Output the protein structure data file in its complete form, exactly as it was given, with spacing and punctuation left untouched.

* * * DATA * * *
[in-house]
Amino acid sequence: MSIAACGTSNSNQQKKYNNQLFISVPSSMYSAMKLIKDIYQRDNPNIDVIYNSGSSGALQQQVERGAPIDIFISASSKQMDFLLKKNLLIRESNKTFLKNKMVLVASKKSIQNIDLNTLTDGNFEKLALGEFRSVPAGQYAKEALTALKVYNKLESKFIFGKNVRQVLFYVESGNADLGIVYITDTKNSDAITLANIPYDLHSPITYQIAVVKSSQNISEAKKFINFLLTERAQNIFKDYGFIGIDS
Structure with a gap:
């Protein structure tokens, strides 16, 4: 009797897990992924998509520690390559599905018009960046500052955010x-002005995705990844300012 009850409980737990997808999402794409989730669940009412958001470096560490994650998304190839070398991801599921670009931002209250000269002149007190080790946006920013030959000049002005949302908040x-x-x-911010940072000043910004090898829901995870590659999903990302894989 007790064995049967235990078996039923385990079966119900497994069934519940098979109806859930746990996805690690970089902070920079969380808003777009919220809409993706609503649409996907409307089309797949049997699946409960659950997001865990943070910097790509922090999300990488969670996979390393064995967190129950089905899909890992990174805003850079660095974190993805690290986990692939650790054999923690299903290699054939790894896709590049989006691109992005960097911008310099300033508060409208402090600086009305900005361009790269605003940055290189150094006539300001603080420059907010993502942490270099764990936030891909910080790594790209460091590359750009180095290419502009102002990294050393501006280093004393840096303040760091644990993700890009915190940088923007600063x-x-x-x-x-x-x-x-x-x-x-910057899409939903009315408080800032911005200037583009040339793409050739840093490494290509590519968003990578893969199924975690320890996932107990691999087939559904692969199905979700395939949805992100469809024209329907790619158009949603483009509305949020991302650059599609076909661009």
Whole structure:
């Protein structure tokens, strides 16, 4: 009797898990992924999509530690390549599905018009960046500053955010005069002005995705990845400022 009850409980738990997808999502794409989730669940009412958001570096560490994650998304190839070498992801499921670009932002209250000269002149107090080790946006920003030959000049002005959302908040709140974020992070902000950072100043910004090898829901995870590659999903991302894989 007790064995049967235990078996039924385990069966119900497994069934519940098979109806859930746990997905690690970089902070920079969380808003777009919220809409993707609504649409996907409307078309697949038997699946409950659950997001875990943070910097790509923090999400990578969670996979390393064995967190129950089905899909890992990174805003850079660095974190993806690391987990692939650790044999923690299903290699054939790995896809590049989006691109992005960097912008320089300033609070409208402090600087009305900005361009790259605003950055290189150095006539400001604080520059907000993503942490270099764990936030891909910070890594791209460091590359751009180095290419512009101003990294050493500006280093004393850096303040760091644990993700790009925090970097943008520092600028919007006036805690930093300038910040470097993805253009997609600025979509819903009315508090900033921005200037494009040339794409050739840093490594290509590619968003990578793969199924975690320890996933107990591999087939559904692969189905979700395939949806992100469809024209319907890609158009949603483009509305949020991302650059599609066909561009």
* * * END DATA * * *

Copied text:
[in-house]
Amino acid sequence: MSIAACGTSNSNQQKKYNNQLFISVPSSMYSAMKLIKDIYQRDNPNIDVIYNSGSSGALQQQVERGAPIDIFISASSKQMDFLLKKNLLIRESNKTFLKNKMVLVASKKSIQNIDLNTLTDGNFEKLALGEFRSVPAGQYAKEALTALKVYNKLESKFIFGKNVRQVLFYVESGNADLGIVYITDTKNSDAITLANIPYDLHSPITYQIAVVKSSQNISEAKKFINFLLTERAQNIFKDYGFIGIDS
Structure with a gap:
């Protein structure tokens, strides 16, 4: 009797897990992924998509520690390559599905018009960046500052955010x-002005995705990844300012 009850409980737990997808999402794409989730669940009412958001470096560490994650998304190839070398991801599921670009931002209250000269002149007190080790946006920013030959000049002005949302908040x-x-x-911010940072000043910004090898829901995870590659999903990302894989 007790064995049967235990078996039923385990079966119900497994069934519940098979109806859930746990996805690690970089902070920079969380808003777009919220809409993706609503649409996907409307089309797949049997699946409960659950997001865990943070910097790509922090999300990488969670996979390393064995967190129950089905899909890992990174805003850079660095974190993805690290986990692939650790054999923690299903290699054939790894896709590049989006691109992005960097911008310099300033508060409208402090600086009305900005361009790269605003940055290189150094006539300001603080420059907010993502942490270099764990936030891909910080790594790209460091590359750009180095290419502009102002990294050393501006280093004393840096303040760091644990993700890009915190940088923007600063x-x-x-x-x-x-x-x-x-x-x-910057899409939903009315408080800032911005200037583009040339793409050739840093490494290509590519968003990578893969199924975690320890996932107990691999087939559904692969199905979700395939949805992100469809024209329907790619158009949603483009509305949020991302650059599609076909661009």
Whole structure:
């Protein structure tokens, strides 16, 4: 009797898990992924999509530690390549599905018009960046500053955010005069002005995705990845400022 009850409980738990997808999502794409989730669940009412958001570096560490994650998304190839070498992801499921670009932002209250000269002149107090080790946006920003030959000049002005959302908040709140974020992070902000950072100043910004090898829901995870590659999903991302894989 007790064995049967235990078996039924385990069966119900497994069934519940098979109806859930746990997905690690970089902070920079969380808003777009919220809409993707609504649409996907409307078309697949038997699946409950659950997001875990943070910097790509923090999400990578969670996979390393064995967190129950089905899909890992990174805003850079660095974190993806690391987990692939650790044999923690299903290699054939790995896809590049989006691109992005960097912008320089300033609070409208402090600087009305900005361009790259605003950055290189150095006539400001604080520059907000993503942490270099764990936030891909910070890594791209460091590359751009180095290419512009101003990294050493500006280093004393850096303040760091644990993700790009925090970097943008520092600028919007006036805690930093300038910040470097993805253009997609600025979509819903009315508090900033921005200037494009040339794409050739840093490594290509590619968003990578793969199924975690320890996933107990591999087939559904692969189905979700395939949806992100469809024209319907890609158009949603483009509305949020991302650059599609066909561009």